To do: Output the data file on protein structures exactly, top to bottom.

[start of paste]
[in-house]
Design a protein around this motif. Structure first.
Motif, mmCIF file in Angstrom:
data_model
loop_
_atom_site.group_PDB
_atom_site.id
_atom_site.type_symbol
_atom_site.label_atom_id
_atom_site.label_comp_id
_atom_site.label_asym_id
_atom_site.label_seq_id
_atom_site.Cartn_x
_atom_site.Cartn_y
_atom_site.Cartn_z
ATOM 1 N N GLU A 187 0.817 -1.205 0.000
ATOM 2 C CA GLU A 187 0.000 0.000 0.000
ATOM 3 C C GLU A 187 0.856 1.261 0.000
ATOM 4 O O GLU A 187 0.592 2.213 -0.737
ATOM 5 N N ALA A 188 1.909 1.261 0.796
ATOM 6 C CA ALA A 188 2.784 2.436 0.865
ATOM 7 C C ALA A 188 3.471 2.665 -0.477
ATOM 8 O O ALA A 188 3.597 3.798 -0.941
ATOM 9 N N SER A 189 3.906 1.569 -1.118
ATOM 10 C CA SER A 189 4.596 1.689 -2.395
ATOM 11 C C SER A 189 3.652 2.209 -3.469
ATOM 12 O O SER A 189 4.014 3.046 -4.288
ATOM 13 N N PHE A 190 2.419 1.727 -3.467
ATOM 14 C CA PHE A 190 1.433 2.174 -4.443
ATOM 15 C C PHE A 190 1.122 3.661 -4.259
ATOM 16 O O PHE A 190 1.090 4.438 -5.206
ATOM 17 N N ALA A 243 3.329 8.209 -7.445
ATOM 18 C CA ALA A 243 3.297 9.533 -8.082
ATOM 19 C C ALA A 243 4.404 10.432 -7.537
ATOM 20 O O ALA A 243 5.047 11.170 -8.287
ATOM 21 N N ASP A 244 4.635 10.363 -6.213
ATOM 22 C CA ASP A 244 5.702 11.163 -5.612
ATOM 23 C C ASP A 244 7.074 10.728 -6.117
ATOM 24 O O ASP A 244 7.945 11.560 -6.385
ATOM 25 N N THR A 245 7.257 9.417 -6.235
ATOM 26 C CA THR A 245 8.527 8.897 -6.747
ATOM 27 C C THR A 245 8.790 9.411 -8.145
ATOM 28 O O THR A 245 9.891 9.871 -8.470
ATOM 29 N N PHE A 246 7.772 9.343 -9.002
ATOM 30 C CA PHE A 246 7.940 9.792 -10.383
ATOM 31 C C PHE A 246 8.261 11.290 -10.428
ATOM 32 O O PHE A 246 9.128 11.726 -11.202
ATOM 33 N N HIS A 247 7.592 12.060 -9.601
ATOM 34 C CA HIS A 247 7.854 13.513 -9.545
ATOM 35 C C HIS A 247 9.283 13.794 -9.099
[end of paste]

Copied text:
[in-house]
Design a protein around this motif. Structure first.
Motif, mmCIF file in Angstrom:
data_model
loop_
_atom_site.group_PDB
_atom_site.id
_atom_site.type_symbol
_atom_site.label_atom_id
_atom_site.label_comp_id
_atom_site.label_asym_id
_atom_site.label_seq_id
_atom_site.Cartn_x
_atom_site.Cartn_y
_atom_site.Cartn_z
ATOM 1 N N GLU A 187 0.817 -1.205 0.000
ATOM 2 C CA GLU A 187 0.000 0.000 0.000
ATOM 3 C C GLU A 187 0.856 1.261 0.000
ATOM 4 O O GLU A 187 0.592 2.213 -0.737
ATOM 5 N N ALA A 188 1.909 1.261 0.796
ATOM 6 C CA ALA A 188 2.784 2.436 0.865
ATOM 7 C C ALA A 188 3.471 2.665 -0.477
ATOM 8 O O ALA A 188 3.597 3.798 -0.941
ATOM 9 N N SER A 189 3.906 1.569 -1.118
ATOM 10 C CA SER A 189 4.596 1.689 -2.395
ATOM 11 C C SER A 189 3.652 2.209 -3.469
ATOM 12 O O SER A 189 4.014 3.046 -4.288
ATOM 13 N N PHE A 190 2.419 1.727 -3.467
ATOM 14 C CA PHE A 190 1.433 2.174 -4.443
ATOM 15 C C PHE A 190 1.122 3.661 -4.259
ATOM 16 O O PHE A 190 1.090 4.438 -5.206
ATOM 17 N N ALA A 243 3.329 8.209 -7.445
ATOM 18 C CA ALA A 243 3.297 9.533 -8.082
ATOM 19 C C ALA A 243 4.404 10.432 -7.537
ATOM 20 O O ALA A 243 5.047 11.170 -8.287
ATOM 21 N N ASP A 244 4.635 10.363 -6.213
ATOM 22 C CA ASP A 244 5.702 11.163 -5.612
ATOM 23 C C ASP A 244 7.074 10.728 -6.117
ATOM 24 O O ASP A 244 7.945 11.560 -6.385
ATOM 25 N N THR A 245 7.257 9.417 -6.235
ATOM 26 C CA THR A 245 8.527 8.897 -6.747
ATOM 27 C C THR A 245 8.790 9.411 -8.145
ATOM 28 O O THR A 245 9.891 9.871 -8.470
ATOM 29 N N PHE A 246 7.772 9.343 -9.002
ATOM 30 C CA PHE A 246 7.940 9.792 -10.383
ATOM 31 C C PHE A 246 8.261 11.290 -10.428
ATOM 32 O O PHE A 246 9.128 11.726 -11.202
ATOM 33 N N HIS A 247 7.592 12.060 -9.601
ATOM 34 C CA HIS A 247 7.854 13.513 -9.545
ATOM 35 C C HIS A 247 9.283 13.794 -9.099